DH: I don’t have anything to add beyond my comment about an emotional and moral case as opposed to a legal one. The ending does seem to evoke various responses, with some readers telling me they find it bleak while others, like me, see it as ambiguous and open-ended.

ML: I very much do not see it as bleak, and I expect I would not get along with those who do because I expect they are people who have to have things their way and only their way. And I expect they also think they are very good people and that the land owner is a bad person, all of which I disagree with. But all of this takes us beyond the realm of the novel, so let me bring us back to that.

Indeed, let’s move from the nature of the novel itself to something I think many on this site would be very interested in, namely how this novel got published. You chose to self-publish rather than seek a publishing house that would pay you. I would much like to hear why and how you went about this, right down to the nitty-gritty details that would help other writers publish their books. Please feel free to carry on at length. I for one am fascinated by the process, and I expect other readers will be too.

DH: Actually, I wouldn’t even say that The Terra Cotta Camel is self-published, at least in the usual sense. Sometimes I think the best description might be “privately circulated.” I’m happy to tell the story, then I’ll mention a few things I’ve learned from the process.

In the spring of 2020, when pastimes like the NCAA basketball tournament began to shut down, I decided I would get through the empty days and nights by writing fiction. While we waited out what was being called a “novel coronavirus,” I would write a “coronavirus novel.” I found a small press for the resulting short novel, The Wrestler. The publisher warned its authors that they should expect to sell only a few copies, mainly to family and friends, and this proved to be exactly the case. I told everyone I could think of about my novel, quite a few people kindly bought it, and that was pretty much it for sales.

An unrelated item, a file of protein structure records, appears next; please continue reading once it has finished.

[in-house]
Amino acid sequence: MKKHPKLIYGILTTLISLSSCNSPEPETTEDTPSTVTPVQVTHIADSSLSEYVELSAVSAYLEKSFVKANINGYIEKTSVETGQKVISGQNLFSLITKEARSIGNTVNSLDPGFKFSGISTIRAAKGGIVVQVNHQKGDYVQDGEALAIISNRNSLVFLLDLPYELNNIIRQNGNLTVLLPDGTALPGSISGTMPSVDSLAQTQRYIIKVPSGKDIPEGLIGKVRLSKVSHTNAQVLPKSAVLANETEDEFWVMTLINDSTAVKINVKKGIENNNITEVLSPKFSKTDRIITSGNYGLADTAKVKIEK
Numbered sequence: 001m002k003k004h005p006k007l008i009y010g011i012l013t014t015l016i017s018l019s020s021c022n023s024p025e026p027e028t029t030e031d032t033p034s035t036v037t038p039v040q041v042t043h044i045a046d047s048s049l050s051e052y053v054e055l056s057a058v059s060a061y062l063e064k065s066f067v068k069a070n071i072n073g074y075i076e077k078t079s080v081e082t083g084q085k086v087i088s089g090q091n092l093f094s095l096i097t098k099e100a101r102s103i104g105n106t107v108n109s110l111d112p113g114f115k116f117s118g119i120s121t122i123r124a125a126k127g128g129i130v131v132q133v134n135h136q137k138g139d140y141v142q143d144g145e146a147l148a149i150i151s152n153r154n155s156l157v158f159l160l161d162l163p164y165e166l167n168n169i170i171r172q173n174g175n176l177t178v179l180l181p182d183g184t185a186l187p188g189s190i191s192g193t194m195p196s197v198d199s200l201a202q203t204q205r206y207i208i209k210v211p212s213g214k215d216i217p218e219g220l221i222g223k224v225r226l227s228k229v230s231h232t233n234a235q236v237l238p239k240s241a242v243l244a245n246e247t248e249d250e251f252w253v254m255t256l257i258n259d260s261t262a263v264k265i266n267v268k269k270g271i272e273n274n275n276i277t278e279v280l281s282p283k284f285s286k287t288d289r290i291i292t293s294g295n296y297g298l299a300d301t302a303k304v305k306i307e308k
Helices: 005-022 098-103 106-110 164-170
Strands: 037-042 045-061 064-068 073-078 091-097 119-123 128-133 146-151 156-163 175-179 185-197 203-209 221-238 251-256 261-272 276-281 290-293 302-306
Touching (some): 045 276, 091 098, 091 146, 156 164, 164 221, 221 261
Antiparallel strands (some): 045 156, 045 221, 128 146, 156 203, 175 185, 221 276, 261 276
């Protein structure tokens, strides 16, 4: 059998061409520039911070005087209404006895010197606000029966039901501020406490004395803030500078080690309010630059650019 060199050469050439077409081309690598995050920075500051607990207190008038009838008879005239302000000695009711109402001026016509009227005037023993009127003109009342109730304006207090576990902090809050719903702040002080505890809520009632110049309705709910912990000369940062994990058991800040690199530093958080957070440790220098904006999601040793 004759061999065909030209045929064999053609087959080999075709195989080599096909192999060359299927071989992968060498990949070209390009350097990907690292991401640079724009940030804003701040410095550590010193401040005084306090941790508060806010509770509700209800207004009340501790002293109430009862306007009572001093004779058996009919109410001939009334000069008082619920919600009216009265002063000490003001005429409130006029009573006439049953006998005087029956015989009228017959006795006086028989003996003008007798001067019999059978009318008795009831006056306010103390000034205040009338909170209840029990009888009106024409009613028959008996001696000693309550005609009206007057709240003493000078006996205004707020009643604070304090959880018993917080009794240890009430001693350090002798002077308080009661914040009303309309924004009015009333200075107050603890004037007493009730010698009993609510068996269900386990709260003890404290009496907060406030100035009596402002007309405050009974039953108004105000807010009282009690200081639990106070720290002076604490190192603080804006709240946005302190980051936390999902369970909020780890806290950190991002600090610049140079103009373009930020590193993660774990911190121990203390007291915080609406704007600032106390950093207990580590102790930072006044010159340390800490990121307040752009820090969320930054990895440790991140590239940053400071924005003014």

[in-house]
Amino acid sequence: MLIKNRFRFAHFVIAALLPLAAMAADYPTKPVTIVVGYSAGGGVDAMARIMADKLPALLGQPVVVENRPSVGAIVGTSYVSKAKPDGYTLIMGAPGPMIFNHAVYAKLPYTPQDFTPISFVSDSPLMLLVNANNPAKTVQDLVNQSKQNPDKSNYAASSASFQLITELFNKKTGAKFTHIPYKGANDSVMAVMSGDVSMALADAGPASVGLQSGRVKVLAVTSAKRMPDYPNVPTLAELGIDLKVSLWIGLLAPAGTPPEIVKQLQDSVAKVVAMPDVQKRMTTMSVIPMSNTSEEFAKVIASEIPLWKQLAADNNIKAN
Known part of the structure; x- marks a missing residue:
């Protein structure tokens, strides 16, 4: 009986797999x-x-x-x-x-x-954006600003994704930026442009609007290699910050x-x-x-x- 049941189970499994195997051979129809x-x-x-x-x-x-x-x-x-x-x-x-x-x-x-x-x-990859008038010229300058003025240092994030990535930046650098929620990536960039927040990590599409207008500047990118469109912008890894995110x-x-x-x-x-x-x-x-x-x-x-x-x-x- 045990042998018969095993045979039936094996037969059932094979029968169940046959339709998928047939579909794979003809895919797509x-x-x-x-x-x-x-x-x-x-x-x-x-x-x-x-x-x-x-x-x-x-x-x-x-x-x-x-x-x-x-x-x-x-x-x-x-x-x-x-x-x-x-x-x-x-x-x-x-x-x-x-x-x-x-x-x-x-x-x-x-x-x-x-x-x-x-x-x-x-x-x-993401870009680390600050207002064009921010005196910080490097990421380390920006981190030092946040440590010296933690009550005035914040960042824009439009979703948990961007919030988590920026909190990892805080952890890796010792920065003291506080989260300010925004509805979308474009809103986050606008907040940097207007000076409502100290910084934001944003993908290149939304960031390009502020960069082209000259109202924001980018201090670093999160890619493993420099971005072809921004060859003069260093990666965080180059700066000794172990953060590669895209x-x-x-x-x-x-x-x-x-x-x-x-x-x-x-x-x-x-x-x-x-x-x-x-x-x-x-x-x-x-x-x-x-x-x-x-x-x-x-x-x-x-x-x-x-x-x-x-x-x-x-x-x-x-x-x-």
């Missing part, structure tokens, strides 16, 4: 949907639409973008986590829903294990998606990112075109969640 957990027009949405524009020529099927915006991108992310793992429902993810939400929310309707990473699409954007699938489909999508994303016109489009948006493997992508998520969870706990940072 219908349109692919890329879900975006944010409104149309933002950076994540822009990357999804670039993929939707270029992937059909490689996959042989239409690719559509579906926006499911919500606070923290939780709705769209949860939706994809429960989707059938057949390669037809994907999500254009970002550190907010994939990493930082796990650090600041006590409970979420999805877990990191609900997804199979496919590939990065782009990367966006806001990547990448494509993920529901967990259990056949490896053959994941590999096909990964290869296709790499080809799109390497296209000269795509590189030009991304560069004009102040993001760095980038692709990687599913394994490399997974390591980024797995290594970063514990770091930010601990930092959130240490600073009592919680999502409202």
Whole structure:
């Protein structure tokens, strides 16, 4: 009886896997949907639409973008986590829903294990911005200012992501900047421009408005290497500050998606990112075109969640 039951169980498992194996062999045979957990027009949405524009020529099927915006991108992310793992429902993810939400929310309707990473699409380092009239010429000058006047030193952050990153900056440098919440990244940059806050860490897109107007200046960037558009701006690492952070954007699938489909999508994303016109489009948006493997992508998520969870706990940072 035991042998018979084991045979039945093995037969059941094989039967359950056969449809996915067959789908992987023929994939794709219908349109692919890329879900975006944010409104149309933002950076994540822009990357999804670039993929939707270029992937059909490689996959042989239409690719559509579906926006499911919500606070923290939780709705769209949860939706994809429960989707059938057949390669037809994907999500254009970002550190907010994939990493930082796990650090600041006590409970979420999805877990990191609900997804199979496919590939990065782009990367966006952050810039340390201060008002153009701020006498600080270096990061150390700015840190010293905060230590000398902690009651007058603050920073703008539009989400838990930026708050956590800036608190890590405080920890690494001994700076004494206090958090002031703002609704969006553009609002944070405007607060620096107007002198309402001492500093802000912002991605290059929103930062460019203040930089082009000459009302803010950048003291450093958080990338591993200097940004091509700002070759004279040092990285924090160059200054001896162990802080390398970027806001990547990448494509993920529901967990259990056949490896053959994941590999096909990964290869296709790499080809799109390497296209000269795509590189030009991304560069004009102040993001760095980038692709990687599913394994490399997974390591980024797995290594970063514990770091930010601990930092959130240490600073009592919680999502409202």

When I completed The Terra Cotta Camel about a year later, I knew I wanted to do something different. Trying to find a bigger publisher was out of the question, since I was neither a graduate of a creative writing program nor a movie star. I felt certain that the audience for this new novel would be largely the same as for the last one, and I knew that I didn’t want to ask these good people to pay for doing me the favor of reading my book. So I decided to make it available for free.

I looked into various ways of posting the book online, and in fact readers can find it at this website I created for the purpose. But the more I thought about it, the more I became convinced that many if not most of my readers would prefer to read a paper copy. This is where my wife, Susan Yager, enters the story, because she is much more skilled and patient with technical matters than I am. She found a company that would print my book fairly cheaply—think of the kind of place that prints church photo directories or family histories. We followed a few steps, dealt with some computer hassles, and ended up with fifty copies of a simple but attractive little book. I thought of it as a glorified photocopy.

Here’s where things got interesting and surprising. I handed or sent copies to anyone who had said anything nice about The Wrestler, as well as to a few others like a guy I knew about in Des Moines who ran an urban farm. Very quickly I began receiving encouraging feedback, and I had a sense of a tiny but appreciative audience in my church and around town. My friend Connie Ringlee was the host of a local authors program on the Ames community radio station, and she read the entire novel on the air. Ed Fallon and Kathy Byrnes—the Des Moines urban farmer and his wife—invited me to do a reading at their harvest party, a sizable event where Susan and I gave away more copies. By then we’d had to order another batch. In ways I never would have foreseen, my little project of giving books away was reaching more readers than I ever did by selling them through a publisher.